Emma nods. That absolutely makes sense. And it makes her sick to think about that age difference. Sure, she’s dated older guys before. But that was her own, ridiculous, choice. She wasn’t ever forced into those relationships. And if she is to believe what the book at Regina say, this man is supposedly her grandfather. “But was that her fault or was it her father’s?” she asks, not truly knowing the answer herself.

“She killed my fiancé to make sure I married her father.”

Emma’s jaw drops, “What?” she asks.

Regina nods, “I was engaged to another man, planning to run away from this forced married. That was until Snow White had him killed. She wanted me as her stepmother and nothing would stand in her way.” 

“Holy shit,” Emma breathes, and sits back, processing this information. “How did a 12-year-old have your fiancé killed?” she asks, still confused.

“She told my mother my plan to run away after I told her not to. My mother was...not pleasant. And she made sure to kill my fiancé when we were trying to run away.”

“So, Snow didn’t actually have this person killed.”

“She absolutely did!” Regina shouts, with so much conviction it gives Emma pause. “I told her that under no circumstances could she tell my mother because she would not understand and would try to stop us, at all costs. I explained to her how dangerous it would be if my mother found out. She knew the severity, she just chose to ignore me because she wanted a new mother, and I was hand-picked.”

“So you tried to kill a 12-year-old because she told a secret?” Emma asks.

Regina narrows her eyes, “Of course not. I waited until she was an adult. Old enough to be married, old enough to be held accountable for her actions,” she reasons to herself. “Her father died, I gained control of the kingdom and knew I could finally have my revenge.”

Emma remains silent, currently debating if she should question more about the death of the king or if she should just be glad he’s dead. Men that force young women into relationships like the one Regina was in should suffer in life, in death, and in the afterlife - if that’s a thing.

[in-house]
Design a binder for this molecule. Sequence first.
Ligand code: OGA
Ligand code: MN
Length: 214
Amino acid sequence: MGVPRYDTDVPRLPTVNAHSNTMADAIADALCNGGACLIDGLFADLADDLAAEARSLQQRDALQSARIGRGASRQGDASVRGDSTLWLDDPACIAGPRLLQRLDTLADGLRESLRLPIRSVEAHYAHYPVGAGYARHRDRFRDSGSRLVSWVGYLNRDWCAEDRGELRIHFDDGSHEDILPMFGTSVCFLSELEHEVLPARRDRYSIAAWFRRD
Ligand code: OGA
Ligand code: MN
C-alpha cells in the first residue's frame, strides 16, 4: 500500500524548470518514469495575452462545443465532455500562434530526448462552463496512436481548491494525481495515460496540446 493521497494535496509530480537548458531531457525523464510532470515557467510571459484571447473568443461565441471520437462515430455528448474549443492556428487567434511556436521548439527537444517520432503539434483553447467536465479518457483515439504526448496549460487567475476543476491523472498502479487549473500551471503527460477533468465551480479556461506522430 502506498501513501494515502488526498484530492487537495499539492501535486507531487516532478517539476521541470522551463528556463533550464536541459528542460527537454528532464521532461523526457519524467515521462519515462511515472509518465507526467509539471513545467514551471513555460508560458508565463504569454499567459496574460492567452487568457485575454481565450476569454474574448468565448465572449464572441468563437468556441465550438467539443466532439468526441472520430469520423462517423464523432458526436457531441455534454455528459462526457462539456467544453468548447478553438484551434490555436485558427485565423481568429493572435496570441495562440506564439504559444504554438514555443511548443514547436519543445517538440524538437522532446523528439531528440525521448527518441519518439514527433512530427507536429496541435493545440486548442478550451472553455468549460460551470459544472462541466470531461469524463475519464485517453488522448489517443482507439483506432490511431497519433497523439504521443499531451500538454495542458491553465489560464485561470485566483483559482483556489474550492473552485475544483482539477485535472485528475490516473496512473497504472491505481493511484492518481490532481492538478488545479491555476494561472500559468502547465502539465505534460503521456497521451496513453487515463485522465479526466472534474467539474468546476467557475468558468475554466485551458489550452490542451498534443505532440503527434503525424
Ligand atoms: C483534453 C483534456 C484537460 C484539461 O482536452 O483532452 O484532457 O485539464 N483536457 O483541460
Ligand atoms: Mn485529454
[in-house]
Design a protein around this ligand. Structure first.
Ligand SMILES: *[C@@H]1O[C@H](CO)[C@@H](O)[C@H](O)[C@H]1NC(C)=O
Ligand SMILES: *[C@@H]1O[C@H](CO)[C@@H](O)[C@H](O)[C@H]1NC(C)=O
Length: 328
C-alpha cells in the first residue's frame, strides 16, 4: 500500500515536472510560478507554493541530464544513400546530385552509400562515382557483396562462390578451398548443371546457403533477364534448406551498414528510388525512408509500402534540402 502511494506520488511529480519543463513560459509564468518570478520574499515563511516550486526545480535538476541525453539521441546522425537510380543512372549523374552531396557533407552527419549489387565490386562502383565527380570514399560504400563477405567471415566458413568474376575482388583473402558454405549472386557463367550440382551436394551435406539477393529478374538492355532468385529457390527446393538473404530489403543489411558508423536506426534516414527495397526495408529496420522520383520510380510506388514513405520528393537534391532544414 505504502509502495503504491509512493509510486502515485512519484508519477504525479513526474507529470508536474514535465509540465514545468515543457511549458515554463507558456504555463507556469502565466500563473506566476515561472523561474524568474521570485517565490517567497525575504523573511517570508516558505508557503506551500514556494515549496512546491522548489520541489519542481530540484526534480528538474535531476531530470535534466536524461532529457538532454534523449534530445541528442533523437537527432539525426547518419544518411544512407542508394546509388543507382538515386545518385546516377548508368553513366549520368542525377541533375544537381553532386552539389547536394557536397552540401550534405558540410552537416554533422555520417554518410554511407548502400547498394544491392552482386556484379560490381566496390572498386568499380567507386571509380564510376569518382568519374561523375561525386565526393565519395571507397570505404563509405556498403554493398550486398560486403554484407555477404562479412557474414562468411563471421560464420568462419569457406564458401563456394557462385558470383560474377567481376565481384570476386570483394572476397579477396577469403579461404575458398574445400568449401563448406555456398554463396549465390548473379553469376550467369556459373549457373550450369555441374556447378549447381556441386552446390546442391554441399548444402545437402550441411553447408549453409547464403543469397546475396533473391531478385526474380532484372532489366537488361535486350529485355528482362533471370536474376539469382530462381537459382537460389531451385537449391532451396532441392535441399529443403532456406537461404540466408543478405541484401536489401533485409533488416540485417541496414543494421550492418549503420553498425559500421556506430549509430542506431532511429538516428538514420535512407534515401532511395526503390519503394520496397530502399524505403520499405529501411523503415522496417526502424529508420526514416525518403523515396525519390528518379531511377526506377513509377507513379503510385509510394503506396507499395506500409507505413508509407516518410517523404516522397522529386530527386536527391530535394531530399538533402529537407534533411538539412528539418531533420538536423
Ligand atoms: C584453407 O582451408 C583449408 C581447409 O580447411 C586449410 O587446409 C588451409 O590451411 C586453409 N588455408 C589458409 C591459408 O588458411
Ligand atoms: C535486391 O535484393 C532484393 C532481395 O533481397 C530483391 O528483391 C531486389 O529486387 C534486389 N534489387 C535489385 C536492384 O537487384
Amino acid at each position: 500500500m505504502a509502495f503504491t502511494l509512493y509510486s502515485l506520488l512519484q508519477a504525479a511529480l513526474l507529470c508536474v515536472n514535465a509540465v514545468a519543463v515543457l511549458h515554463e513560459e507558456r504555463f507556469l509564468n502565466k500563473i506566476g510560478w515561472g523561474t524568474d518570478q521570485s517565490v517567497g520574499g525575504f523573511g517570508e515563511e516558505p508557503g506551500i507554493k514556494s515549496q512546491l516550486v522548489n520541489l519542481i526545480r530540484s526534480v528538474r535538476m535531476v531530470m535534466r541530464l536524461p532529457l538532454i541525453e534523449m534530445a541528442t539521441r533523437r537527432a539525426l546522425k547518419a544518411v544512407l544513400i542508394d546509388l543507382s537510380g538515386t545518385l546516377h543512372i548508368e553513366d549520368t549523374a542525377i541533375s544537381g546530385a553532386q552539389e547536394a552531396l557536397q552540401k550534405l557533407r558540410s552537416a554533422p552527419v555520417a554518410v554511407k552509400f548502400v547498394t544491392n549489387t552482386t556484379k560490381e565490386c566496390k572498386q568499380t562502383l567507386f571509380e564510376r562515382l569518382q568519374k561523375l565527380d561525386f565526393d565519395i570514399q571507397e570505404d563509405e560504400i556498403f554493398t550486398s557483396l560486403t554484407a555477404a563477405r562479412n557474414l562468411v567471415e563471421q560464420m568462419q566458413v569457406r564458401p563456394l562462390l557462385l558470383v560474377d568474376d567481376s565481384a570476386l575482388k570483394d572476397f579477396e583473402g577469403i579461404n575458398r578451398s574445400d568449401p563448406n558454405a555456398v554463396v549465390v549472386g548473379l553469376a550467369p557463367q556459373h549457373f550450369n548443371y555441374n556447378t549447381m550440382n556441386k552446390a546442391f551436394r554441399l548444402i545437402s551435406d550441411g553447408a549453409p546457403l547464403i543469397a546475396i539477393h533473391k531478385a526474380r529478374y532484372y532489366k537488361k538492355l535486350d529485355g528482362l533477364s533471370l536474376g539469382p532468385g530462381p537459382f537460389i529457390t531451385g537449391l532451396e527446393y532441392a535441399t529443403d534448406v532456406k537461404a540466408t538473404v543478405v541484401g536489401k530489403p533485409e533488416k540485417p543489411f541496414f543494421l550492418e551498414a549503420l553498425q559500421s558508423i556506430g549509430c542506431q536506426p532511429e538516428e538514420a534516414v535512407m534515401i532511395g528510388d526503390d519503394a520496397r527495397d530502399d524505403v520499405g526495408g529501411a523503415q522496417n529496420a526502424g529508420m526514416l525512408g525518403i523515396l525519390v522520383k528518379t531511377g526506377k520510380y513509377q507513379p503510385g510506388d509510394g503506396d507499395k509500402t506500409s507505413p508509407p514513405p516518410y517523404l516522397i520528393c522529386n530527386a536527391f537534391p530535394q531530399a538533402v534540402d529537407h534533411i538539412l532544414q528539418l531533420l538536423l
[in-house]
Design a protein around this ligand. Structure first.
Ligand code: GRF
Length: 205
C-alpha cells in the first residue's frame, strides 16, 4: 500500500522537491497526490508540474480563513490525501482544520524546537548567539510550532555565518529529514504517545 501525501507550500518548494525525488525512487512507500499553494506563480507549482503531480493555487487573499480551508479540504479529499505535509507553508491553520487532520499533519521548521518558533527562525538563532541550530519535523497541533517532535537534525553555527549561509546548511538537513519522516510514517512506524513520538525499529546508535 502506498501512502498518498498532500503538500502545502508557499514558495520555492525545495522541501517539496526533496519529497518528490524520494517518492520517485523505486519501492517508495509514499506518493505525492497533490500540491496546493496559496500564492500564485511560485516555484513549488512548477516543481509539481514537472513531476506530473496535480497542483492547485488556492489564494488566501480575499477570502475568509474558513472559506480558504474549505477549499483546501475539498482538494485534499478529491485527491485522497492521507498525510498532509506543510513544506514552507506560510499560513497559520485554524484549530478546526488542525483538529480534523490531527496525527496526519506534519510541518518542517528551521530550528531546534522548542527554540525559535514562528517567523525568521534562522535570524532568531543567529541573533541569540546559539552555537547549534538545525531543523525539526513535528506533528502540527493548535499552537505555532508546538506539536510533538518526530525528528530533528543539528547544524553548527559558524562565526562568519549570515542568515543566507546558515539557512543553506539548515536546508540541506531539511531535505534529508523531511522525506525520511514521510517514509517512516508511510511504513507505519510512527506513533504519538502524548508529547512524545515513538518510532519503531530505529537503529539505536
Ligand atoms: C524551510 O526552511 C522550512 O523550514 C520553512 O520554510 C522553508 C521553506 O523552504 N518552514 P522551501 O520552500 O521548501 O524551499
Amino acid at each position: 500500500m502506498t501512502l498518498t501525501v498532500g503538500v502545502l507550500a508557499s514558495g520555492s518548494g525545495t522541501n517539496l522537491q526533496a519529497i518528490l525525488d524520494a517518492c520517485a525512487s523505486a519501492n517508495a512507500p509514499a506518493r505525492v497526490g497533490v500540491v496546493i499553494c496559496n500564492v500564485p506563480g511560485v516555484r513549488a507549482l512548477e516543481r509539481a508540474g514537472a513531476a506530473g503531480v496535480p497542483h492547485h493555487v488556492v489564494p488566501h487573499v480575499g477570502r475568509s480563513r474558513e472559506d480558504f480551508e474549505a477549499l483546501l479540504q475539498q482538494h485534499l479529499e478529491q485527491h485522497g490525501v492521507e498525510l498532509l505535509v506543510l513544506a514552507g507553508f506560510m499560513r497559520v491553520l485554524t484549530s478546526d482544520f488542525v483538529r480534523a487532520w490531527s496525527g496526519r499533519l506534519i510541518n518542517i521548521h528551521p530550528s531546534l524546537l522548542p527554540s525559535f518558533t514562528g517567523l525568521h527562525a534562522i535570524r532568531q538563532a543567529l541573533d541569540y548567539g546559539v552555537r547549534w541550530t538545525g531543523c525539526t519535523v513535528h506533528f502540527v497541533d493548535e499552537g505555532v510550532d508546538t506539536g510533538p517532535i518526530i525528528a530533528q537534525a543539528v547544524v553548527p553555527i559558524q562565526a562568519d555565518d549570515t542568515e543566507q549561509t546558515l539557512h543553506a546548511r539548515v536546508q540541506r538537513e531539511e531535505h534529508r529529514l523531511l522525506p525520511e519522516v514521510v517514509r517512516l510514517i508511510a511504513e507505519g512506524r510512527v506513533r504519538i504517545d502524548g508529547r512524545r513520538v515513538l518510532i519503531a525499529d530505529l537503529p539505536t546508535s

“What, no response?” Regin asks, watching Emma and her reactions intently. 

She shrugs, “I guess that answered my questions.”

Regina chuckles, a self-depriciating snort-like sound that makes Emma smile. 

They sit in a comfortable silence until Emma’s phone dings and she leaves, telling Regina she’ll “see her later.”

Their comfort around each other has grown as the days turned into weeks. Filling both woman with a sort of anxious-calm. They’re both waiting for the other shoe to drop, or the curse to spontaneous break. Neither of which happens. 


One day, after a long case finally closes, the jerk who jumped bail safely behind bars; Emma throws open the door to her apartment, just wanting to drink a beer and watch a stupid TV show before crashing. She’s been awake too long. She stumbles into her room, not turning on the light, but tossing her purse in the general vicinity of her bed. 

She missed.

Instead of hitting the bed, she hit her desk. Which just happened to be right where Regina’s snowglobe was. It flew off the desk, Regina releasing a startled scream as she fell to the ground.

Emma tenses, waiting for a crash, the sound of glass breaking, anything to show that she had just killed Regina, the only real friend she’d had in ages. Well, as real as a fictional villain trapped inside a magical snowglobe can be.

But there’s no glass breaking. There’s no purple smoke to show that Regina had saved herself. There’s only silence. Emma turns on the light to see the snowglobe on its side. She picks it up and gently places it back on her desk. “Sorry,” she murmurs as she watches the brunette stand and brush herself off, resetting the chair she must’ve been sitting in.

“What happened?” Regina asks, holding her head and attempting to figure out how she fell.

“I bumped you off the desk,” Emma says, looking down. She looks back up, an attempt at a crooked smile on her face, “At least we know smashing the globe won’t break the curse,” she adds with a forced chuckle.

“I’m glad we figured this out at the expense of my brain and spine,” Regina adds dryly. 


They’re softer around one another now. There’s less shouting and running away and more honest conversation. They share things with each other they’ve never told anyone before.

Regina speaks softly about her fiancé, Emma talks about her fear of this all being true, of eventually meeting her parents-the people who sent her away. Apparently, it was for the greater good, to save their people but who was this good for? Because she grew up alone, in a foreign world, with no guidance. 

They talk about loneliness, about shitty childhoods, about terrible parental figures, biological and foster. They talk about wanting happiness but not knowing where to look for it.

“I wish I wasn’t stuck in this thing,” Regina says one night as their confessing things into the dark. Emma remains silent so she continues, “I want to feel the sun without this prison aorund me. I want to sleep on a real bed, drink real drinks, and eat real food. These magical supplements leave much to be desired.”